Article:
Young people must be aware of deadly drugs danger
A number of drug-related deaths over the Christmas period has brought untold heartache to their families and prompted police to issue warnings to the public.
The sudden deaths of teenagers and people in their early twenties in the Belfast area are being investigated with a drugs link a strong line of inquiry.
There will be enormous sympathy for their parents, relatives and friends who have been given the most devastating news.
The loss of such young lives is deeply tragic and raises wider issues about the availability of drugs and getting the message across that these substances can kill.
After the recent spate of deaths, Chief Superintendent Chris Noble issued the clear advice that people should not take illegal drugs or prescription medicine that has not been prescribed for them and should not mix either substance with alcohol.
Mr Noble points out: ``The consequences of ignoring this advice can be life-threatening.''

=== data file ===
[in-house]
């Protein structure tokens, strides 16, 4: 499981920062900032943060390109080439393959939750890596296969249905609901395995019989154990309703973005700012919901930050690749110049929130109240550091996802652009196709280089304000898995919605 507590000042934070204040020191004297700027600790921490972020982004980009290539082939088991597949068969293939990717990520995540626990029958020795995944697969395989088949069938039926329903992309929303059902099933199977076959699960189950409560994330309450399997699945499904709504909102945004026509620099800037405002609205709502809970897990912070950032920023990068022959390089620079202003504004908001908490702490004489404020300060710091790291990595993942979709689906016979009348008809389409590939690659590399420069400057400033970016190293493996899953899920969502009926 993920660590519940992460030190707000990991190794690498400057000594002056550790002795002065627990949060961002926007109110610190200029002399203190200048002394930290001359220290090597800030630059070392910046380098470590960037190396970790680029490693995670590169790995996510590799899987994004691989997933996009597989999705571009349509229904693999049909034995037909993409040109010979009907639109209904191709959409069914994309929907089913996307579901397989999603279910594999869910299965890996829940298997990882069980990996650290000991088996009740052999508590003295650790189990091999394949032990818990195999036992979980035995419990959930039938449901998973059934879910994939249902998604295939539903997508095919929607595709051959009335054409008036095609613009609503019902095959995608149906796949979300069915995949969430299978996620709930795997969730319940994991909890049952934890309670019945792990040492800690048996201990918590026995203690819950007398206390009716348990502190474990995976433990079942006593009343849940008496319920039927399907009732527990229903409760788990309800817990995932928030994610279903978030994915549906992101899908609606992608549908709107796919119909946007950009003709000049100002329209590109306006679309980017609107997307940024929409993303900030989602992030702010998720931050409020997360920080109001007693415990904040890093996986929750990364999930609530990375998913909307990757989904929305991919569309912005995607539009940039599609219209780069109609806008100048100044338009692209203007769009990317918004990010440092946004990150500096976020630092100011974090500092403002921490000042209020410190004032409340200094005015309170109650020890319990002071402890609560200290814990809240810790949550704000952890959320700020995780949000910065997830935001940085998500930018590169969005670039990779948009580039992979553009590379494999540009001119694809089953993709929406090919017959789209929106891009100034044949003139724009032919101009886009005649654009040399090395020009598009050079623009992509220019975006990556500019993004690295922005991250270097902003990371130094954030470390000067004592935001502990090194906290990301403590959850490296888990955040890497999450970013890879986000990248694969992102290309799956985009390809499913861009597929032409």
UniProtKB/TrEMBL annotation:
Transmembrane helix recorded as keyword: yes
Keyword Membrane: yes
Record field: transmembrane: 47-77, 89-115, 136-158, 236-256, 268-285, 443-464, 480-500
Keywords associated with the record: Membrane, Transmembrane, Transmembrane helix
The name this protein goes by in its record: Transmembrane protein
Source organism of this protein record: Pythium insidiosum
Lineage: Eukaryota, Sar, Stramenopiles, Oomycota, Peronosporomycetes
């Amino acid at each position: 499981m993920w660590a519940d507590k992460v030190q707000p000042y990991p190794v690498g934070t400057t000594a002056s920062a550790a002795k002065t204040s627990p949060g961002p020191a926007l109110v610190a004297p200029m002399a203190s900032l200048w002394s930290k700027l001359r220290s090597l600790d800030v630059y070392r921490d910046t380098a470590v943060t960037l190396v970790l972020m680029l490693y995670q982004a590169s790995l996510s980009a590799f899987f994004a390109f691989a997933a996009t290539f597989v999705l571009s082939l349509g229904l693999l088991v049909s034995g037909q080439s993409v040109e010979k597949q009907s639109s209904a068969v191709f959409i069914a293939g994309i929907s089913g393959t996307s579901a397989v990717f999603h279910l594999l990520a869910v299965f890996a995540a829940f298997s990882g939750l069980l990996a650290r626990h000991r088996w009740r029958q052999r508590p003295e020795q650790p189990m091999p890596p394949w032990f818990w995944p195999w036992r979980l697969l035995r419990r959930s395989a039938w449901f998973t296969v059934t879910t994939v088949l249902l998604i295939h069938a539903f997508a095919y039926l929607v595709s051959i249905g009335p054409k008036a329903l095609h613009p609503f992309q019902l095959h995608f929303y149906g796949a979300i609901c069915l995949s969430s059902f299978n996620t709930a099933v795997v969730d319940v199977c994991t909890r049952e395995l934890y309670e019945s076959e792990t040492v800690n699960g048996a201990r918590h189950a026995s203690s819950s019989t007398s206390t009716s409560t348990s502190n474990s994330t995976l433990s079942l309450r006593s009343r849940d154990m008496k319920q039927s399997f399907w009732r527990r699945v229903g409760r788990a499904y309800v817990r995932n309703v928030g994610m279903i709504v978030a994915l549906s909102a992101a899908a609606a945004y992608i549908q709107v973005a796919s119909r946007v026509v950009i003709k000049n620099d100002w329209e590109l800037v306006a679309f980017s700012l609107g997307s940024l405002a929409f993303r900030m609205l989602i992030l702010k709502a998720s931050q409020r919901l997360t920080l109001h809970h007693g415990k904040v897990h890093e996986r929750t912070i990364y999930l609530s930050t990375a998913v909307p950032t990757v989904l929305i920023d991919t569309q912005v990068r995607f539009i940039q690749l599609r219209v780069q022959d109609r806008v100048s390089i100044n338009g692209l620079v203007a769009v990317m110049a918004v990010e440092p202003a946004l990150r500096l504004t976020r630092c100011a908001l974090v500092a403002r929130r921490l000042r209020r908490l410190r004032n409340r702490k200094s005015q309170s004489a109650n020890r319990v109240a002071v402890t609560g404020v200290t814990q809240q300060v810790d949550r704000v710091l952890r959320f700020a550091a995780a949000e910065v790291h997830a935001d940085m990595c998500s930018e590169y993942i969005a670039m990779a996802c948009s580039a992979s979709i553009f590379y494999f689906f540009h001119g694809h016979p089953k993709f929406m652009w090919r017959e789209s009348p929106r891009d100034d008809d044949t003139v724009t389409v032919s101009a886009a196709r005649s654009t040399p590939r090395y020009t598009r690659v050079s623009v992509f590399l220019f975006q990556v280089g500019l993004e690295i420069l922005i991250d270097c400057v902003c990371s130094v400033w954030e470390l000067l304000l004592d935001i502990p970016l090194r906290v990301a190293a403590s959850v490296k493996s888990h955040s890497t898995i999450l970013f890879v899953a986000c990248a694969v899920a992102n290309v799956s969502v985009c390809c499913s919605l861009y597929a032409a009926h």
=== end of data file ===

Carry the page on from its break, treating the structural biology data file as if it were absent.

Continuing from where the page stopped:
The PSNI is absolutely right to spell out the undeniable risks of taking uncontrolled substances.
It will be recalled that in 2013 there were up to 20 deaths over a number of months linked to a type of Ecstasy pill which contained a substances called PMMA.
At the time, senior coroner John Leckey likened the deaths to `having a serial killer on the loose.'
The problem for the authorities is that many young people will know the risks but continue to take these potentially lethal pills.
Some are in the grip of addiction, something that has a devastating impact on the individuals and their families.
North Belfast councillor Paul McCusker, who is a health professional, said there is a lack of education and awareness which needs to be addressed.
He also called on the police to deal with the source of the drugs and to release more information about what is causing these deaths.
Clearly, we need to get the message out that drugs can kill - even one tablet can result in death - and parents must ensure their children are aware of the dangers.